The reigning World Champions begin their tour of the Northern Hemisphere in Ireland before visiting Wales on Saturday 13th November - with Wales themselves taking on the Wallabies in the first game of their Autumn campaign the weekend before.
The Wallabies warm up for Wales with a stop off in Hong Kong where they meet New Zealand again and Marinos warns that each of the three Southern Hemisphere sides have raised the standards of the world game in their recent clashes.
But the eight-times capped former Newport Gwent Dragons centre and former chief executive of that region who is now at the helm of his native South Africa also backs Wales to be the side to watch in Europe.
"Having recently completed the Tri Nations Series with the Springboks I feel that the game in the Southern Hemisphere has lifted a couple of notches," said Marinos.
"One just has to look at the intensity and speed at which the matches were played over the last five rounds, adaptation to the pace of the game and, more significantly, to the referee's interpretation, especially as we have seen the swing to awarding the attacking team for playing positive rugby.
"However, of all the teams, and not because I am a former Welsh international, Wales are best suited to an open, quick and running type of game as evidenced when they won the Six Nations in 2008 in emphatic style.
"Possession is key and pace of the game with ball in hand is the decider. Looking at the quality of the players Wales have that relish an open and expansive game, it sets the stage for an exciting Autumn."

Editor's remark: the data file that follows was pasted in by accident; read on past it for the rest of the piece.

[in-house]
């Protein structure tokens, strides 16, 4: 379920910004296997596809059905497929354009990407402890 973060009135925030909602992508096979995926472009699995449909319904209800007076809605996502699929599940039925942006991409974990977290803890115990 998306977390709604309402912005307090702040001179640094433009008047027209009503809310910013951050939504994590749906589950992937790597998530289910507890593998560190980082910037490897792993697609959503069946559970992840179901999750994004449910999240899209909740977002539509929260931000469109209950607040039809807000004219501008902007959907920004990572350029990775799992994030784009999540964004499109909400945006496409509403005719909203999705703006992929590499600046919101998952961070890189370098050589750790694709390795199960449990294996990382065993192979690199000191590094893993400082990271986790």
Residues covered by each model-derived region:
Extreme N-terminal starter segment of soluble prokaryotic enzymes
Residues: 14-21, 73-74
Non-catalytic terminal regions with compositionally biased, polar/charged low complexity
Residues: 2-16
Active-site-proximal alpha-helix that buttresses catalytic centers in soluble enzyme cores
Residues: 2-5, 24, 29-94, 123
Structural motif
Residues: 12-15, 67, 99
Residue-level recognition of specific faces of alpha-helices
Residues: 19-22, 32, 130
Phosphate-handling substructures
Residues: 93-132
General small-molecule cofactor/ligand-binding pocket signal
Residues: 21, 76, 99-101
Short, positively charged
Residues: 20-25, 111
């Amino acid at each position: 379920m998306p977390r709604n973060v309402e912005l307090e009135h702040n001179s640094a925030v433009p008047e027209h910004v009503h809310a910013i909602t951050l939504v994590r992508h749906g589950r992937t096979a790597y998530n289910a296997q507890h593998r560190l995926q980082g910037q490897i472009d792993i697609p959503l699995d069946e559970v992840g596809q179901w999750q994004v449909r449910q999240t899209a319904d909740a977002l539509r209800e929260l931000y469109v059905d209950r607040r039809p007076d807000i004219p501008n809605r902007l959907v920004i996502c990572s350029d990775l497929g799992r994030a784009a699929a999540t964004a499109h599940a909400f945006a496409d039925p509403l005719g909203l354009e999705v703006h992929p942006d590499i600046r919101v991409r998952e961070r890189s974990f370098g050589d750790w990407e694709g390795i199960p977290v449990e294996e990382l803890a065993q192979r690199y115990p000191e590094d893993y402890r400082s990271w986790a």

Marinos also says the Millennium Stadium itself will play an important role in ensuring the matches in Cardiff this Autumn produce a spectacle to behold and he admits the Springboks will be looking to target this fixture in advance of their Rugby World Cup Pool D meeting with Wales next year.
"It will be crucial to have these games on dry pitches, which Wales can achieve with the roof closed," he added.
"Rating the chances of Wales against the three Southern Hemisphere teams, it is difficult to assess now given the fact that the season is still new.
"But not too much can be read into the results between South Africa and Wales at the end of year, given we face each other in the 1st pool match at RWC.
"World Cups are different, demands are more and stakes higher. We would want to build momentum from the match against Wales with a focus more on performance than on result."